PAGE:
Your veterans news update for Thursday, August 21:
Ex-officer says she was discharged for reporting burn pit danger (Military Times)
An officer who says she was discharged from the Navy for alerting senior officials of the potential health dangers of open-air burn pits and improperly stored water at Camp Leatherneck, Afghanistan, is suing to get her job back. Former Lt. Cmdr. Celeste Santana, an environmental health expert, said in documents filed Aug. 1 in the U.S. Court of Federal Claims that she was relieved from duty at the base in 2009 in retaliation for reporting “serious environmental health issues” affecting the safety of U.S. troops and local Afghans.
Irate veterans complain about benefits delays (Arizona Republic)
Irate veterans confronted the director of the Phoenix VA Regional Office about backlogs in benefits claims, peppering her with questions about the process Wednesday evening at one of the first of the Department of Veterans Affairs’ public forums being held nationwide. The town hall began with explosions of anger and frustration from veterans and their families, with participants in the nearly two-hour event repeatedly demanding transparency and efficiency from the VA.
Home Depot donates $1 million to foundation that gives homes to veterans (CBS New York)
The Home Depot is donating $1 million to a 9/11-related charity to help give wounded veterans homes. The state-of-the-art homes, which cost about $500,000 each, are provided mortgage-free. Almost everything in the homes — windows, doors, heating, air conditioning, lights — is operated by an iPad.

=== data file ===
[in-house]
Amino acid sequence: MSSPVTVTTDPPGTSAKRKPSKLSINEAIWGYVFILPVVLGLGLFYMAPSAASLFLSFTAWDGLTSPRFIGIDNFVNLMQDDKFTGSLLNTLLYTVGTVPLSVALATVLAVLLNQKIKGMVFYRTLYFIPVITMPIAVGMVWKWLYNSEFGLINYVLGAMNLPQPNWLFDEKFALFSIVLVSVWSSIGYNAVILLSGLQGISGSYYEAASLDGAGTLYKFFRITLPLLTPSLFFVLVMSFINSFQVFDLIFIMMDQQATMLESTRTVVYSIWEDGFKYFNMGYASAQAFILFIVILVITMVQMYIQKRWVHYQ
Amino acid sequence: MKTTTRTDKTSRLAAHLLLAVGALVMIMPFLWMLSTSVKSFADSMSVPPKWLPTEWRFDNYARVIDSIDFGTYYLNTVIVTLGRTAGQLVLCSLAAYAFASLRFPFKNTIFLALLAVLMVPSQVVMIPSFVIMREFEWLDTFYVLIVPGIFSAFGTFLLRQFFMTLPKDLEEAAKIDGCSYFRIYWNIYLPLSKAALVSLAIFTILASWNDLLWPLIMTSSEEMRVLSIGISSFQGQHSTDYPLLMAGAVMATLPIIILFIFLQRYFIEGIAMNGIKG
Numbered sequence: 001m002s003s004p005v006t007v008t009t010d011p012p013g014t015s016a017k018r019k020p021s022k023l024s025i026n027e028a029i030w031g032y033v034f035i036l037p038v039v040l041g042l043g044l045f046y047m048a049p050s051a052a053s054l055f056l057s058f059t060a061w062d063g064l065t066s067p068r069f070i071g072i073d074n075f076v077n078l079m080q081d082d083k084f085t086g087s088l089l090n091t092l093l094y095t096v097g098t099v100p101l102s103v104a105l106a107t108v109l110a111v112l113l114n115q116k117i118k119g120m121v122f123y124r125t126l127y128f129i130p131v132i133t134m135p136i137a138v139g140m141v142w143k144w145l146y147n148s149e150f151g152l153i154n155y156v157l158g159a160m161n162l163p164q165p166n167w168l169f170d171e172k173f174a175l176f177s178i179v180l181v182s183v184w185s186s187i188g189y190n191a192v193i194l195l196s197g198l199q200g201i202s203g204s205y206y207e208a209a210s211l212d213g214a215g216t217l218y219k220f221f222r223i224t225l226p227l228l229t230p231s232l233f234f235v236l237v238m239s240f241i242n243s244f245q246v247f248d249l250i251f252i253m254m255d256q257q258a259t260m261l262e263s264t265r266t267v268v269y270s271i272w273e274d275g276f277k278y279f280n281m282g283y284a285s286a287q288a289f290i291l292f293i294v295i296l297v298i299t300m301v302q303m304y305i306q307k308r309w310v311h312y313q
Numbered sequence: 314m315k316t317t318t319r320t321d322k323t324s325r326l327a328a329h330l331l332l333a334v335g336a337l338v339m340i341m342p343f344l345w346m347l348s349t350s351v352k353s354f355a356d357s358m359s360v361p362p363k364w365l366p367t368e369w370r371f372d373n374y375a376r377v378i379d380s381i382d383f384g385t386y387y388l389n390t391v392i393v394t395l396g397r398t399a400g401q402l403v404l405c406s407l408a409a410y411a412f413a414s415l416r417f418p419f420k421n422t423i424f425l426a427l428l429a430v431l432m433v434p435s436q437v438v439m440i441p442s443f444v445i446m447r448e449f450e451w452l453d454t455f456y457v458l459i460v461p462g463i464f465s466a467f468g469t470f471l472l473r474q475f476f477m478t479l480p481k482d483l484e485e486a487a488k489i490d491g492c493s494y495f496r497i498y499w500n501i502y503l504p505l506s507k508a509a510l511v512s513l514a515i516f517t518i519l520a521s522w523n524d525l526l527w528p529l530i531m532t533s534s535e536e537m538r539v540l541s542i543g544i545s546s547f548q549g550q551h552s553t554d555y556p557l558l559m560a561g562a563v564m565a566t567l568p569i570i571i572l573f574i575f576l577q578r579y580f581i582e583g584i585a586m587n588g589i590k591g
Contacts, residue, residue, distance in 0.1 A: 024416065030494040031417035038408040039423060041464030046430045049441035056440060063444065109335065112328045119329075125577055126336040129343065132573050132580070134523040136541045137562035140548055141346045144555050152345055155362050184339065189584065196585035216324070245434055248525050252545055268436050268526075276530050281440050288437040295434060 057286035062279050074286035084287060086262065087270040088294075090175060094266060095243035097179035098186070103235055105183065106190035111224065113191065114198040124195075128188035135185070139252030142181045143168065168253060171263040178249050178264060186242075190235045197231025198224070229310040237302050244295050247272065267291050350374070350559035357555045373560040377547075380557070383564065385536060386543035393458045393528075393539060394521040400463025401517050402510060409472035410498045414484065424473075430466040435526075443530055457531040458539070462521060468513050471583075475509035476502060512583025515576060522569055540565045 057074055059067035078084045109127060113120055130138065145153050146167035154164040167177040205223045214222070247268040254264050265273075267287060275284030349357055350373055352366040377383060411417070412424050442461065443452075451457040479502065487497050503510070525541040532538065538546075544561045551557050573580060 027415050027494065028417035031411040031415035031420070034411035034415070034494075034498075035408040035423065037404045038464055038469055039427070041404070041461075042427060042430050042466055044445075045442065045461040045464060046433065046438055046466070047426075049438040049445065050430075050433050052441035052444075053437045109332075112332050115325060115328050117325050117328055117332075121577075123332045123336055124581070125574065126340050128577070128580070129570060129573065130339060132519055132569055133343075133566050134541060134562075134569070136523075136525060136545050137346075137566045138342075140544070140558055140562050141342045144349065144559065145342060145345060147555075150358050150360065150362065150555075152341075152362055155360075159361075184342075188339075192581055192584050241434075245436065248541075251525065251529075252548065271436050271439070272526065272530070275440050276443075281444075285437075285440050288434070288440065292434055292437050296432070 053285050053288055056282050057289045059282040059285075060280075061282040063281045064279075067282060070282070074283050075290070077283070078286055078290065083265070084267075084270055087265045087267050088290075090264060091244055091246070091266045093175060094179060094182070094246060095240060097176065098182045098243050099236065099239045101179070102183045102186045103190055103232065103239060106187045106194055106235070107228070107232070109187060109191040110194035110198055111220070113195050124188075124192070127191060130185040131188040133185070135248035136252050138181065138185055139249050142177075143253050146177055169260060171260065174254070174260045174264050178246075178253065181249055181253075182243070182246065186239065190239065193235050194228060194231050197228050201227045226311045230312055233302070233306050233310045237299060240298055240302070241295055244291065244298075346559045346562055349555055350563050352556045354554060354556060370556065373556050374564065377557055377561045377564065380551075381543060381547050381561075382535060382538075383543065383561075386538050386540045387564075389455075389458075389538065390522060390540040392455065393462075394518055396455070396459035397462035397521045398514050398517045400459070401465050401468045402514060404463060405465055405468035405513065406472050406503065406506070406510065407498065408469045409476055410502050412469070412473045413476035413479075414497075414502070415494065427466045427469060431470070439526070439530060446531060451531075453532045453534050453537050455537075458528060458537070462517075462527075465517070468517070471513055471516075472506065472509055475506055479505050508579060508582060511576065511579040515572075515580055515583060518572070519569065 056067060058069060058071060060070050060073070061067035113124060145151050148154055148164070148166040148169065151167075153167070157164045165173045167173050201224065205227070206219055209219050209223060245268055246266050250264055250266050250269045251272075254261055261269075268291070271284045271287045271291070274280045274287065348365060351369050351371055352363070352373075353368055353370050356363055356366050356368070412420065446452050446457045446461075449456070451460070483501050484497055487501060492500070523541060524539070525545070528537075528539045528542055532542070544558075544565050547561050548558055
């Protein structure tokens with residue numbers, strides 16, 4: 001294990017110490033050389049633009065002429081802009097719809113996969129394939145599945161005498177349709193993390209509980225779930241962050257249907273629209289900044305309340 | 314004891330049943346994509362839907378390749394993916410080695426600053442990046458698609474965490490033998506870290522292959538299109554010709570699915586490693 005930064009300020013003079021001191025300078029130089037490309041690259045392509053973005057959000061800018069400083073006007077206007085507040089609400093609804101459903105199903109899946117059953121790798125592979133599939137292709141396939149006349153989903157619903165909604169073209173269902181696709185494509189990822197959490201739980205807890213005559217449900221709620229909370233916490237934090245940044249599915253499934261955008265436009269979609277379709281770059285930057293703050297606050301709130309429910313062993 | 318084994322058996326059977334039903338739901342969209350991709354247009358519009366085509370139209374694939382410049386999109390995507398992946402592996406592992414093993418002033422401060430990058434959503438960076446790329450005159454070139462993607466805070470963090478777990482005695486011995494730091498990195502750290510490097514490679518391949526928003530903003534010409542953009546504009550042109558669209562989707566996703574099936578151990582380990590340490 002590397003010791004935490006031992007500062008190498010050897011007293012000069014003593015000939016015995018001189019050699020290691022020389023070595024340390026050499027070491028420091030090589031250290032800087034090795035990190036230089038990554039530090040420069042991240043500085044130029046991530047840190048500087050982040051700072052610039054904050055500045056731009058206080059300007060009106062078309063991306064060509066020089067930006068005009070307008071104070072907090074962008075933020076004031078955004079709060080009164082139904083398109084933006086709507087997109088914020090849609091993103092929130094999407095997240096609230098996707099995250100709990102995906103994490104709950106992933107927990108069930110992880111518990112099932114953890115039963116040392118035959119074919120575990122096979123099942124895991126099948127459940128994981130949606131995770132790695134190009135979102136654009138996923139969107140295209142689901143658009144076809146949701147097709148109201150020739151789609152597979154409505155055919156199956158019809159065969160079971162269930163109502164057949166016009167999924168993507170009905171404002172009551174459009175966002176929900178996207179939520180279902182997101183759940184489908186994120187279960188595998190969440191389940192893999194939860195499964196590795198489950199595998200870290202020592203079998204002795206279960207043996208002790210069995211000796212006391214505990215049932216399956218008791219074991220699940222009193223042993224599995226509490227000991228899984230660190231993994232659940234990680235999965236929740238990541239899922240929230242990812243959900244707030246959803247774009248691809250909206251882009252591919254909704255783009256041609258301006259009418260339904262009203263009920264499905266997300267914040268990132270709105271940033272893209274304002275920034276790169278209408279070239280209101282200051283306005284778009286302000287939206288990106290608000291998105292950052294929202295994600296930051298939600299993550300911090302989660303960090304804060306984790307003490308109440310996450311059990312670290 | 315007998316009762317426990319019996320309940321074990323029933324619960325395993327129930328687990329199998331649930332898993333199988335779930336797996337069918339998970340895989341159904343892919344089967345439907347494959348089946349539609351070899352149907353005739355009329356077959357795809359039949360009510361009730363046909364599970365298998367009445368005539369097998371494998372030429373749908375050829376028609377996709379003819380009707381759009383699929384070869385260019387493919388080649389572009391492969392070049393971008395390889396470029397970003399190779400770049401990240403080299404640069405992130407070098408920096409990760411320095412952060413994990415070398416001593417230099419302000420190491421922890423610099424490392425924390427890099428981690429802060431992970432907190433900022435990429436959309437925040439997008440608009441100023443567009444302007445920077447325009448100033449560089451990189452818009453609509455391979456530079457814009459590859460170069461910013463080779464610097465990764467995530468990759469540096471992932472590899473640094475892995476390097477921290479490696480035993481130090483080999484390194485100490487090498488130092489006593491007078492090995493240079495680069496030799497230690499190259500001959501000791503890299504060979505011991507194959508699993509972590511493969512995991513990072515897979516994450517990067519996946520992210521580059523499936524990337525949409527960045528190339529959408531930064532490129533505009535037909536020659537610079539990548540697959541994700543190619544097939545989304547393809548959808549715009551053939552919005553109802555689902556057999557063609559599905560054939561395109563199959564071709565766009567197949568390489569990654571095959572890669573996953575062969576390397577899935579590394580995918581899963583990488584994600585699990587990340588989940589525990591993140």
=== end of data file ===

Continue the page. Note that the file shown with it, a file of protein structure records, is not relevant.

Test of gap in veterans benefits for same-sex couples (SCOTUSblog)
With six federal appeals courts already drawn deeply into the same-sex marriage controversy, a seventh — the specialized U.S. Court of Appeals for the Federal Circuit — has just become involved. An advocacy group for military veterans who are legally married to same-sex partners has filed a new appeal seeking to close a gap in those couples’ eligibility for benefits, ranging from home loan guarantees to burial rights.
Treatment at a VA hospital nearly killed an agency whistleblower (Washington Examiner)
As a physician’s assistant at a VA hospital in Tennessee, Valerie Hoermann saw one of her patients, a friend and Vietnam veteran, die because of what she considered inadequate medical care. As a whistleblower, she endured retaliation after complaining about it to the agency’s inspector general. As an emergency patient in a VA hospital, she spent hours without medical treatment as her life burned away. She survived only after staggering out of the VA’s facility to a university teaching hospital next door.
Korean War veteran dies after VA ignores his medical history, daughter says (Washington Examiner)
Phillip Perez cheated death many times before it took him in March. The Army veteran survived the Korean War. He beat colon cancer in 1998 and kidney cancer in 2013. But a lingering infection in his toe landed him in a Department of Veterans Affairs hospital in Fresno, Calif., where his daughter says his complex medical history and fragile physical condition were ignored. He died two days after being admitted.
Lawmakers ask VA to support Gulf War board (USA Today)
Congress has demanded the VA improve its response to an independent board created to look at Gulf War illness. In a letter to new VA Secretary Robert McDonald, a bipartisan group of lawmakers details complaints that the VA forced out the chairman and other members of the board, prevented the board from releasing any reports without permission from the VA, precluded the board from having its own staff separate from VA and cut the group’s budget.